WASHINGTON -- As international troops stream into Kosovo, plans are under way to pull thousands of U.S. and allied soldiers out of Bosnia and Herzegovina, prompting fears that a tenuous peace and unfinished business in the former Yugoslav republic may be sacrificed on the altar of a new peacekeeping effort.
About 34,000 NATO-led troops -- including 6,200 Americans -- are patrolling in Bosnia, enforcing the Dayton peace accords that four years ago halted fighting between Serbs, Croats and Muslims that cost 250,000 lives and produced 2.7 million refugees and displaced persons, nearly a million of whom have not returned to their homes.
NATO military planners are looking at "very substantial" reductions in allied troop levels, said a senior Pentagon official, noting that the numbers may be decided by late summer. They will likely be more than the 10 percent reduction last December, officials said.
"It's a drain on our resources and we'd like to reduce as much as we can," said one Defense Department official, pointing to the $2 billion-a-year price tag for the American contingent.
Military officials say it's time for civilian administrators to resolve the refugee problem and encourage the reluctant parties to work harder toward forging a multiethnic society.
When the peace deal was signed in 1995, a 60,000-member peacekeeping force was assembled for Bosnia that included 20,000 U.S. troops. The numbers have been pared down since then.
Said one top Army official, "We've pretty much completed our military mission in Bosnia."
But Balkans experts and some administration officials say it is not the right time to make further cuts in the number of troops.
The United States and its North Atlantic Treaty Organization allies must redouble their efforts, they argue, concerned that international fatigue and lethargy are hampering efforts in Bosnia as a new mission begins in Kosovo.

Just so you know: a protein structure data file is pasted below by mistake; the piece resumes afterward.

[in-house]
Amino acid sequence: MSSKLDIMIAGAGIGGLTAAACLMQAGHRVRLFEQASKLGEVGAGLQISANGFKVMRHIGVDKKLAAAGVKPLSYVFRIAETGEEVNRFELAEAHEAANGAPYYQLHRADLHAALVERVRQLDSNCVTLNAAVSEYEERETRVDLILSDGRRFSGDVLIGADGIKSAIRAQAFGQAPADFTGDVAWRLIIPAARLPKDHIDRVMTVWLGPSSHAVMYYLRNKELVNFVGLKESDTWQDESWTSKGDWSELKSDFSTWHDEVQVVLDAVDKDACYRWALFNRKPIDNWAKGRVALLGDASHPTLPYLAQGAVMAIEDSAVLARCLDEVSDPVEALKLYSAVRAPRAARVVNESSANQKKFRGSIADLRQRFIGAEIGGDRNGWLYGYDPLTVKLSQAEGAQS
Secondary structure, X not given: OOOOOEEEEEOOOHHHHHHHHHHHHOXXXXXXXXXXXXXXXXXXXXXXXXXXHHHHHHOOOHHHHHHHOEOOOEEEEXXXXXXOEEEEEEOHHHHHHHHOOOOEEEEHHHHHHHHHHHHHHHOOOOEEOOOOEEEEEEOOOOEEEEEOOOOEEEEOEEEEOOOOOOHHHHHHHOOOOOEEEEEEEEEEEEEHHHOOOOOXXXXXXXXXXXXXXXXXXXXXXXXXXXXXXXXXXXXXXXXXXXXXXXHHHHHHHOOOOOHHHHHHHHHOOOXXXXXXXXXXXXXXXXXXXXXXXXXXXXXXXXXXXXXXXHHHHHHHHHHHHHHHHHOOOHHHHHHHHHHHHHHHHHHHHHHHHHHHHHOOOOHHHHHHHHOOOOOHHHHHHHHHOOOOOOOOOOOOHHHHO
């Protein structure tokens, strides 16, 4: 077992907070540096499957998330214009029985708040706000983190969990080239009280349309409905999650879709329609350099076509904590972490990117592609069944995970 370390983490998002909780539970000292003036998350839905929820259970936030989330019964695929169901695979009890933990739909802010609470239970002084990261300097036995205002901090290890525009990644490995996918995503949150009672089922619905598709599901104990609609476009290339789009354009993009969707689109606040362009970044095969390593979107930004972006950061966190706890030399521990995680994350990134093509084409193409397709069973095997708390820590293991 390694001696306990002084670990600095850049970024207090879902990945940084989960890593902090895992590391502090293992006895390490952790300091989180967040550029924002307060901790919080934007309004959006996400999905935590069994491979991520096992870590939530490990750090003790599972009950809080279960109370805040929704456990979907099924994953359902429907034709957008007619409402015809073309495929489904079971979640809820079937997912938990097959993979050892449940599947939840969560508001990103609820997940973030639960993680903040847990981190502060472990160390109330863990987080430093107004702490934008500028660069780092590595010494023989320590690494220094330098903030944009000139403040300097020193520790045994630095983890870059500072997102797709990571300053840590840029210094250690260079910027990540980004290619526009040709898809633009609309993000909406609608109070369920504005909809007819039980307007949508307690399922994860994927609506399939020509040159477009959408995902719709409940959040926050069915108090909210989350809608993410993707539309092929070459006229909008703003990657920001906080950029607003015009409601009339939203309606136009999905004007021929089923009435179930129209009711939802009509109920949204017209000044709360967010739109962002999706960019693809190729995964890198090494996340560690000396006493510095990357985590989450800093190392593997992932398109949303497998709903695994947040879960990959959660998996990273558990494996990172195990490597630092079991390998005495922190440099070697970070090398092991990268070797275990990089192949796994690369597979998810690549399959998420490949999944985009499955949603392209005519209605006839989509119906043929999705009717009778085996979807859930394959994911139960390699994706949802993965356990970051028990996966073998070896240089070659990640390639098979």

Tensions are still running high in Bosnia and fighting could break out in disputed areas, they argue. Troops should assist in helping the nearly 1 million refugees who are afraid to return to their communities where they are a minority. Indicted war criminals remain at large while peacekeepers have done little to apprehend them.
Jim Hooper, executive director of the Balkan Action Council, a nonpartisan education group, said cutting back on the troops "would send the wrong signal." The allies must work harder to get the refugees back home, he said, a point administration officials concede is key to a lasting peace.
While ethnic Kosovar Albanians are returning home in large numbers, the refugee problem in Bosnia "sticks out like a sore thumb," said Hooper.
"People are ignoring Bosnia. Bosnia's been a failure," argues Bill Steubner, a retired U.S. Army major who served in Bosnia and is now at the U.S. Institute of Peace, an independent group financed by Congress to promote the peaceful resolution of international conflicts.
"We never carried out the real promise of Dayton to get people home again. We never created the security environment they have to have," he said.
Under the accords, Bosnia was divided into two entities, one controlled by the Muslim-Croatian Federation and the other by Republika Srpska (Serb Republic). Bosnia and Herzegovina has a tripartite presidency and a central legislature in which each ethnic group is represented.
Pentagon and State Department officials, while conceding progress has been too slow and much work remains to be done, point to some encouraging developments in Bosnia.
Milorad Dodik, the Serb Republic's new prime minister, is a moderate who has pledged to work with the West to rebuild the economy and create a multiethnic society. He replaced the republic's hard-line president who was fired in March by the senior Western diplomat overseeing the implementation of the accords.
Ante Jelavic, a Croat who last month became chairman of the tripartite presidency of Bosnia, also has promised stronger ties with the West. "Will he take the high road?" wondered a Pentagon official. A few days after he posed that question, Jelavic was denounced by the top Western representative for attending a fund-raiser for Croatians indicted for war crimes.
The allies are also working to create a multiethnic police force and hope to forge a "permanent secretariat" for the Serbian, Croatian and Muslim armed forces for better communications and possible military exercises.
Some minority refugees are returning, said a Pentagon official, noting that Serbs by the hundreds are going back to the Croatian-controlled town of Drvar in southwest Bosnia, though the Pentagon official conceded that the return of the hundreds of thousands of refugees would take time.
"You cannot force refugees back into communities that are extremely hostile to them coming back," said the official, dismissing the suggestion that NATO soldiers could assist in those efforts. "I don't think more troops is the answer. It's a question of will."